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TB deaths rise for first time in over a decade. WHO report links it to Covid-19 pandemic

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TB deaths rise for first time in over a decade. WHO report links it to Covid-19 pandemic

Deaths due to tuberculosis have increased for the first time in over a decade reversing years of global progress, the World Health Organization said on Thursday citing the 2021 Global TB report. The UN health agency said in its annual report that progress towards TB milestones has been hit hard by the ongoing coronavirus disease (Covid-19) pandemic. Not only the number of people dying of tuberculosis increased last year, but also far fewer people were diagnosed and treated for infectious bacterial disease.

According to the report, tuberculosis was second only to Covid-19 as a leading cause of death from a single infectious agent. The impact of disruptions caused by the pandemic on new TB cases and related deaths could be “much worse” in 2021 and 2022, suggest modelling projections.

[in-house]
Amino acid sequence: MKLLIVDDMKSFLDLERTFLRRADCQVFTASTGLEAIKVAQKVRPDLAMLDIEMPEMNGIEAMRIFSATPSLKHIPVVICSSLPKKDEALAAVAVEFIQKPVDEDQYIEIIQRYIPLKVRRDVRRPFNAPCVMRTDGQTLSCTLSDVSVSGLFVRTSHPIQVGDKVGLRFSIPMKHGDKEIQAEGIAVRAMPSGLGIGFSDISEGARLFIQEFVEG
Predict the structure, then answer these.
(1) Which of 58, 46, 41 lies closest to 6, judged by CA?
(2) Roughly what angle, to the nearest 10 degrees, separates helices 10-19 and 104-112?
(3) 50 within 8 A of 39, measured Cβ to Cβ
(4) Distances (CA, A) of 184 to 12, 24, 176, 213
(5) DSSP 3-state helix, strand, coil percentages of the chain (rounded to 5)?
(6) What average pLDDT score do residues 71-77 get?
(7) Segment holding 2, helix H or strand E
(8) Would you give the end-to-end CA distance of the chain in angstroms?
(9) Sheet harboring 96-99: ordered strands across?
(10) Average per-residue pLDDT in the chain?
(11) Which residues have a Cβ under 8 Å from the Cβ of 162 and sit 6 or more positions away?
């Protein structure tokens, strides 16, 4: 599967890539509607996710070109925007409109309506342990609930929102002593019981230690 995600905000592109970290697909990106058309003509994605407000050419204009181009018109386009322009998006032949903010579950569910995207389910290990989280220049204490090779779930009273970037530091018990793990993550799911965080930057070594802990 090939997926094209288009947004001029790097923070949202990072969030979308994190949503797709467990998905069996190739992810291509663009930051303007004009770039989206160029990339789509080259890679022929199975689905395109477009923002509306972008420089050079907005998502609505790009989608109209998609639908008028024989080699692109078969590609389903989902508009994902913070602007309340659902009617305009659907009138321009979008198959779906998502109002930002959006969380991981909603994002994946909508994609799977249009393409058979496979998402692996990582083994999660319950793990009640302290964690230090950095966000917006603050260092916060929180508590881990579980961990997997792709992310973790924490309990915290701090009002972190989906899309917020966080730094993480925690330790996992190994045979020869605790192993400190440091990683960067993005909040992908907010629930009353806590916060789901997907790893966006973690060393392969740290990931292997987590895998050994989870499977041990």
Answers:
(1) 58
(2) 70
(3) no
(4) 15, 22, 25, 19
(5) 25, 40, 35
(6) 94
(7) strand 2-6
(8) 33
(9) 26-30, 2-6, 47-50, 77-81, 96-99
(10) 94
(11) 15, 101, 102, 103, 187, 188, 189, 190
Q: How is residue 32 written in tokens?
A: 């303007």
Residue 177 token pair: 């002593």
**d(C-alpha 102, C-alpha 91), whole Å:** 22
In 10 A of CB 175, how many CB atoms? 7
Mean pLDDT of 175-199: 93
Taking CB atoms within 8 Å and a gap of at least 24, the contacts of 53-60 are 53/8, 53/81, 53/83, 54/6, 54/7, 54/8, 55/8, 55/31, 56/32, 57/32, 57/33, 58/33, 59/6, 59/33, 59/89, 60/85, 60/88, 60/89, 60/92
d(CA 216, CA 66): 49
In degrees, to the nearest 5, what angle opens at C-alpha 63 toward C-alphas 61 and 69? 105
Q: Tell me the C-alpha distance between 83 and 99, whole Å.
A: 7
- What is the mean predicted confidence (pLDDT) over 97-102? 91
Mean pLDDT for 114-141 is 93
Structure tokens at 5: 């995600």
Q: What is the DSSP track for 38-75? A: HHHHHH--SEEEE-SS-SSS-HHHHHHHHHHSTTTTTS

WHO director-general Tedros Adhanom Ghebreyesus said in a statement that the Global TB report confirms “our fears that the disruption of essential health services due to the pandemic could start to unravel years of progress against tuberculosis.”

“This is alarming news that must serve as a global wake-up call to the urgent need for investments and innovation to close the gaps in diagnosis, treatment and care for the millions of people affected by this ancient but preventable and treatable disease,” Tedros added.

The UN health agency estimates that about 4.1 million people currently suffering from TB have either went undiagnosed or have not officially reported to national authorities, up by 1.2 million from 2019. India, Indonesia, the Philippines, and China have contributed the most to the global reductions in TB notifications between 2019 and 2020.

Despite some success stories from some countries and regions, global TB targets are “mostly off-track”, according to the report.

“The immediate priority is to restore access to and provision of essential TB services such that levels of TB case detection and treatment can recover to at least 2019 levels,” the report concluded.